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Sunday, March 29, 2015


Social Services will continue to implement changes within its Child and Family Services Division and is taking steps beyond those recommended by a coroner's jury to better care for and support children in care, along with their families and caregivers.

"The death of the child who was the subject of this inquest is a tragedy, and my heart goes out to his family," Social Services Minister June Draude said. "We must, and we will, do better. The actions the ministry has taken since 2009, and the further measures we are announcing today, are all directed at improving the safety and well-being of children in care."

The ministry has taken a number of steps since the child's death. A few examples include:

  • Development of a new and expanded Foster Home Safety Checklist;
  • Re-organization of front-line service delivery to create more direct lines of communication between child protection workers, foster home workers, supervisors and managers;
  • Implemenation of a formal communications protocol to ensure that child protection workers and foster home workers review quality of care concerns at foster homes together; and
  • Development of a new child history form, provided to foster parents, that contains all pertinent information about the child, including medical information.

In addition, Social Services will undertake a number of new initiatives specifically in response to the recommendations from the coroner's jury, including:

  • Development of a provincial policy regarding in-home support services for foster families;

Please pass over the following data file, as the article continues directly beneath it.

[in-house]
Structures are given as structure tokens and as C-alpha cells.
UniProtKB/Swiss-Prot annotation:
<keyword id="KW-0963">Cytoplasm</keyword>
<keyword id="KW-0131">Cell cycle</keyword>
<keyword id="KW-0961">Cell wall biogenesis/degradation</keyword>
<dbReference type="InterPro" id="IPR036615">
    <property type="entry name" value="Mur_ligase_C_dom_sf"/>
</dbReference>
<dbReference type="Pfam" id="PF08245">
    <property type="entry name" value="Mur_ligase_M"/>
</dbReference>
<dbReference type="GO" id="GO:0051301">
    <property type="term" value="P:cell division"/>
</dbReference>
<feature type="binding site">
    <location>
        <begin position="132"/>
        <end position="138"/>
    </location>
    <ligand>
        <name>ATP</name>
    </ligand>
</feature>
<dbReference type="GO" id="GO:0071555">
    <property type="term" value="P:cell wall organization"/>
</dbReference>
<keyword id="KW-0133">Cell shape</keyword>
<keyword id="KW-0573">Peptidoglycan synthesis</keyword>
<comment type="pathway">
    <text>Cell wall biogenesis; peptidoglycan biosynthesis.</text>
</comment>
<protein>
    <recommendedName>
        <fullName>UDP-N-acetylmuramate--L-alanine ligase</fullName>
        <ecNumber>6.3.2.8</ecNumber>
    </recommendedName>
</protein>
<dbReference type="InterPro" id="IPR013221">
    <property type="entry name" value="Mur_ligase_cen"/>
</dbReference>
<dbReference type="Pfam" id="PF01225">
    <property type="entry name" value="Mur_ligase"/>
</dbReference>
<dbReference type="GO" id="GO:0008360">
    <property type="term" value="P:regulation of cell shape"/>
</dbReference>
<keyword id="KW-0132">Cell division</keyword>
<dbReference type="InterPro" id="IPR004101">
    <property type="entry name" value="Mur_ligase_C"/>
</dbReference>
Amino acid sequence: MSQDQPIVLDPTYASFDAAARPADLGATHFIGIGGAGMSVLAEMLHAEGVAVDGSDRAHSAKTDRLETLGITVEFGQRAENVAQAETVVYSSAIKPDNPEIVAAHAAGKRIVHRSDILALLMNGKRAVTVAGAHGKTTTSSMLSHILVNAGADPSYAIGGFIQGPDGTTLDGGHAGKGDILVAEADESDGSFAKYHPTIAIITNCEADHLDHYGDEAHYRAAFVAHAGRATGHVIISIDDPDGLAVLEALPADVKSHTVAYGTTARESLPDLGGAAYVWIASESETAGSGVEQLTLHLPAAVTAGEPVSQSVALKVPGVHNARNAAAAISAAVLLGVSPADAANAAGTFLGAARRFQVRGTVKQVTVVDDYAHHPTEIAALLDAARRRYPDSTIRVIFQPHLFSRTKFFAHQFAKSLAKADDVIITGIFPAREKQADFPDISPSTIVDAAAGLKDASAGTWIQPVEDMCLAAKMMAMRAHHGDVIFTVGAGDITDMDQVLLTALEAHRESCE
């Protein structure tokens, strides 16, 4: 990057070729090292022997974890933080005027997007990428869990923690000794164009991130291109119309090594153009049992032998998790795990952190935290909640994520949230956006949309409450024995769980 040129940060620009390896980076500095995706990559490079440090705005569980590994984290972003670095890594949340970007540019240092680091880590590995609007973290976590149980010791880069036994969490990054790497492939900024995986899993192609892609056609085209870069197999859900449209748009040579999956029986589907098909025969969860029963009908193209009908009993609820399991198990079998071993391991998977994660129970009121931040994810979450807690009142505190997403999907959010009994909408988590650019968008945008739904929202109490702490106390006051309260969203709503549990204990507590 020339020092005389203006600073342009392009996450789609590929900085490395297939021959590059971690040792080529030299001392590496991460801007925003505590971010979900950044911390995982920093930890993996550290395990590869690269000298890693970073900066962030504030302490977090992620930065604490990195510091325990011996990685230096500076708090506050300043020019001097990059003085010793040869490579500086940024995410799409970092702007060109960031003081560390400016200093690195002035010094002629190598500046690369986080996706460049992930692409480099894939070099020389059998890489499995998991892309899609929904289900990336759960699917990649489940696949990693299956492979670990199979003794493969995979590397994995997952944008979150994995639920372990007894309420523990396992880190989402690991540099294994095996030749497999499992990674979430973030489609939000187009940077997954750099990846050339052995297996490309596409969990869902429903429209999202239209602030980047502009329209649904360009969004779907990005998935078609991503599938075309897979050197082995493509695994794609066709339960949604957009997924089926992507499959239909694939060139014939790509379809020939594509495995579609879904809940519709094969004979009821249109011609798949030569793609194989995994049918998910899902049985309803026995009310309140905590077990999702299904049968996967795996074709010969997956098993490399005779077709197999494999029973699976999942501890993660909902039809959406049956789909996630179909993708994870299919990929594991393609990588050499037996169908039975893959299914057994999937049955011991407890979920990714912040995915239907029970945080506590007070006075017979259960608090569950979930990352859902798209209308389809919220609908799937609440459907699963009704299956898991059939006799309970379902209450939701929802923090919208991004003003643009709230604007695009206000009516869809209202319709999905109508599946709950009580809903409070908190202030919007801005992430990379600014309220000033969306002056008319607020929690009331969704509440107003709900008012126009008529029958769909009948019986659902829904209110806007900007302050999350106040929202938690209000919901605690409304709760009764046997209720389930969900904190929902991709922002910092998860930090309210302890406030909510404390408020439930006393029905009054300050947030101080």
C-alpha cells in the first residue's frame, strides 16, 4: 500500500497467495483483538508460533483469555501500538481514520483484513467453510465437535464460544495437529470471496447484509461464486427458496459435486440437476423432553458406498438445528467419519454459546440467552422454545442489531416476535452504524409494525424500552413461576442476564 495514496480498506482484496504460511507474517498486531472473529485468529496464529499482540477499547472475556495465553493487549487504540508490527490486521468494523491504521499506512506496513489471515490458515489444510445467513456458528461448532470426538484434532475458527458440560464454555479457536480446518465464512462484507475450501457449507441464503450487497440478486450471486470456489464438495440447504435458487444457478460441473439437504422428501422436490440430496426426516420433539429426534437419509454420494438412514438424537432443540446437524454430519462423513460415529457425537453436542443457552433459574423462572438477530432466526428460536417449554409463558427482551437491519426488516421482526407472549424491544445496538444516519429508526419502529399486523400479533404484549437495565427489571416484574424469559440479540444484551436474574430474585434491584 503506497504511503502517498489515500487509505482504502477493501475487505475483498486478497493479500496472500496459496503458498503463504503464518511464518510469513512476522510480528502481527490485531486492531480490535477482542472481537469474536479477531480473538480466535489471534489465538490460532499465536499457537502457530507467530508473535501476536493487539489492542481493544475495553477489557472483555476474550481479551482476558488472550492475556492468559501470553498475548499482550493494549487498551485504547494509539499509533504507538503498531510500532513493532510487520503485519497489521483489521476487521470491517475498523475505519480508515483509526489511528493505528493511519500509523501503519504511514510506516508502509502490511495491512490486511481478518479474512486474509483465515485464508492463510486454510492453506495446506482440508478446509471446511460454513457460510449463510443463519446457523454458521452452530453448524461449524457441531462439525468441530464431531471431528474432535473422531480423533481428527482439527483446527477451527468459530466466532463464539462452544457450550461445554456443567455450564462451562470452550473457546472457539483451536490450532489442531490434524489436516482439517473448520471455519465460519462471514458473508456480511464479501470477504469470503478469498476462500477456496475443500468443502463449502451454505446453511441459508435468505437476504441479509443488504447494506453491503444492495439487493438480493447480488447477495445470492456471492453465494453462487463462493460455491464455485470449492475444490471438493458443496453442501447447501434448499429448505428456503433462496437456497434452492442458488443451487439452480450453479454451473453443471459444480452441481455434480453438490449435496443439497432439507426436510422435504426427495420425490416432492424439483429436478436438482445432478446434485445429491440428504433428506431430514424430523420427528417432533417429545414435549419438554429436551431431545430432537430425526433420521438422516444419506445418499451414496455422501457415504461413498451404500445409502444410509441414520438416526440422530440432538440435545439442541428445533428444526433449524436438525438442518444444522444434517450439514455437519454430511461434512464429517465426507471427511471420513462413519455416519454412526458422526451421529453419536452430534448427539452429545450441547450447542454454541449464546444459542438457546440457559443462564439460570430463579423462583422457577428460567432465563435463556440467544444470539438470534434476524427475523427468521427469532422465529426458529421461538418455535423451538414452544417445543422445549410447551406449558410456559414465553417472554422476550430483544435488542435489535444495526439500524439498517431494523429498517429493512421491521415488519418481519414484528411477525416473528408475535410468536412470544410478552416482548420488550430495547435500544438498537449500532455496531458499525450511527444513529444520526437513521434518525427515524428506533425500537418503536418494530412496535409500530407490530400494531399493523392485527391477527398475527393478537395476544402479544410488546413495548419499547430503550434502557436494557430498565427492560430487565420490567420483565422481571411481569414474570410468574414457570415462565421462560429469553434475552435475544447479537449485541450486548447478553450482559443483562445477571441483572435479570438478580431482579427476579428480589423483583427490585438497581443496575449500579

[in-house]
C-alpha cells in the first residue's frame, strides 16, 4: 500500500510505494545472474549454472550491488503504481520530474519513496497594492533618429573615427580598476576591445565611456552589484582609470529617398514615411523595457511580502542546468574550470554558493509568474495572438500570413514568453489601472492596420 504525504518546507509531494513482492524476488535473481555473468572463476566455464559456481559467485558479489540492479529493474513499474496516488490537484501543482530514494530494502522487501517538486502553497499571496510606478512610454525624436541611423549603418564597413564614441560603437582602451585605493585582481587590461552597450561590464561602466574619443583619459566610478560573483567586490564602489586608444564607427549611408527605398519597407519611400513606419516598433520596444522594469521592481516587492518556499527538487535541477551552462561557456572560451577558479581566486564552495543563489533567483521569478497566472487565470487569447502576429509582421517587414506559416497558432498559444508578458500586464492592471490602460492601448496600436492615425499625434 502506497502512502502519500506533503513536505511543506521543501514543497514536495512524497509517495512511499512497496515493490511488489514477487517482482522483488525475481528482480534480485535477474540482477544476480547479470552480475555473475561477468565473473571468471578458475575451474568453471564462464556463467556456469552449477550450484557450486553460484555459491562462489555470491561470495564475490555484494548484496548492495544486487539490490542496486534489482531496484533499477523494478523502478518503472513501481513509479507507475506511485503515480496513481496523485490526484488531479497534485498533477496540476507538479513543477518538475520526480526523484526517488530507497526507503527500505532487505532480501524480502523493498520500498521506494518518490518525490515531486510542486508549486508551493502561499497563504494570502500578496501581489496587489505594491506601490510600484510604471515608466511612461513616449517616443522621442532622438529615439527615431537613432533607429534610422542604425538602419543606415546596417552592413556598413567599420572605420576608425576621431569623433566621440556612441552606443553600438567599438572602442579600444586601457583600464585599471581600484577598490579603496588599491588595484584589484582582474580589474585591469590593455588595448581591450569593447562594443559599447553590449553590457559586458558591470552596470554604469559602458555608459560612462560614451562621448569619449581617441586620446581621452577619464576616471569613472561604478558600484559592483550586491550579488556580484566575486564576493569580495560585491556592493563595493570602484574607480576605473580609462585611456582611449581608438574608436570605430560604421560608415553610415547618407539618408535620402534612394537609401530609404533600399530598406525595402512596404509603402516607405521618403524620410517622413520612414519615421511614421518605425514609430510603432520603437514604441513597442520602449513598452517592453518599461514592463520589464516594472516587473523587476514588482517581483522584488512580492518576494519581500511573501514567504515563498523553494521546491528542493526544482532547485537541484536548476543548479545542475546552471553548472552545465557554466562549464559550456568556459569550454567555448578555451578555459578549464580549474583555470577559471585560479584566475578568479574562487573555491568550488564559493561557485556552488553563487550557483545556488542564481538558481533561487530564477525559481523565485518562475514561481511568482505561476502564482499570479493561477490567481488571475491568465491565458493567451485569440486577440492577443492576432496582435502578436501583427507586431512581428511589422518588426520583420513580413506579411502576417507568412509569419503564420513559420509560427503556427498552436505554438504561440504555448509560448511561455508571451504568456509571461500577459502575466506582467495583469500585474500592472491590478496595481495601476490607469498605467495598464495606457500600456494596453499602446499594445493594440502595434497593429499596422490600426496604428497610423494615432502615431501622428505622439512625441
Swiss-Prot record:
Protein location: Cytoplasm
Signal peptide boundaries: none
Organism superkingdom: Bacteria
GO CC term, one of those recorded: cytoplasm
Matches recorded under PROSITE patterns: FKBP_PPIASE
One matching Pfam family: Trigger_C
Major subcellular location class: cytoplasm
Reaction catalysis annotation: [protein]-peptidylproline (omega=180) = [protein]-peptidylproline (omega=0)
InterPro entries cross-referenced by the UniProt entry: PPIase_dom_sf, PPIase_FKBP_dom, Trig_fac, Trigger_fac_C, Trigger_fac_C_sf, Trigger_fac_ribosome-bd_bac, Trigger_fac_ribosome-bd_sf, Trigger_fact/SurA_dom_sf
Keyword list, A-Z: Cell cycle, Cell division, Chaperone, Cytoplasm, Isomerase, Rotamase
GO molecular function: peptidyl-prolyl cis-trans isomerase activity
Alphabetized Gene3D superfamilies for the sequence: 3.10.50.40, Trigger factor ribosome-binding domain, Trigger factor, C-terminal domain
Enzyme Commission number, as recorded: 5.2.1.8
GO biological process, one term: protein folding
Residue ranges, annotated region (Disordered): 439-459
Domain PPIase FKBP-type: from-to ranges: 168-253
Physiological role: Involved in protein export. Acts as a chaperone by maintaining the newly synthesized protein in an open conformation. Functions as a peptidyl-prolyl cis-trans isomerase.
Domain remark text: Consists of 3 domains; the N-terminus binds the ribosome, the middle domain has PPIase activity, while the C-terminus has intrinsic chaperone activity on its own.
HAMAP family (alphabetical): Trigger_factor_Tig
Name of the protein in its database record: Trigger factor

• Additional staff training on how to accurately document observations and address potential issues of concern for a child's safety and well-being;
  • Requirement for ministry workers to enter and inspect all rooms in the foster home and take photographs as required for accurate documentation; and
  • Introduction of mandatory First Aid/CPR training for all foster parents in the province, with the first phase of implementation focused on homes caring for high medical needs children.

Over the last three years, the ministry has made significant investments to address systemic challenges in the child welfare system. Since November 2007, the Child and Family Services budget has increased by 106 per cent, including $50 million since April 2009 to enhance programs and services for vulnerable children. The ministry has also created 193 new out-of-home care spaces, helping relieve pressure on the foster care system.

These and other initiatives have helped reduce the number of children in foster homes with more than four children by nearly 50 per cent and resulted in a reduction in children coming into care for the first time in at least a decade.

"Though we have made progress, clearly more needs to be done," Draude said. "At the same time that the recommendations from the inquest are being implemented, the Cabinet Committee on Children and Youth continues its work on reviewing the Child Welfare Review Panel's report and developing a comprehensive, cross-government action plan that will better serve Saskatchewan children and their families."


For more information, contact:

Trish Alcorn
Social Services
Phone: 306-787-0916
Cell: 306-536-1479

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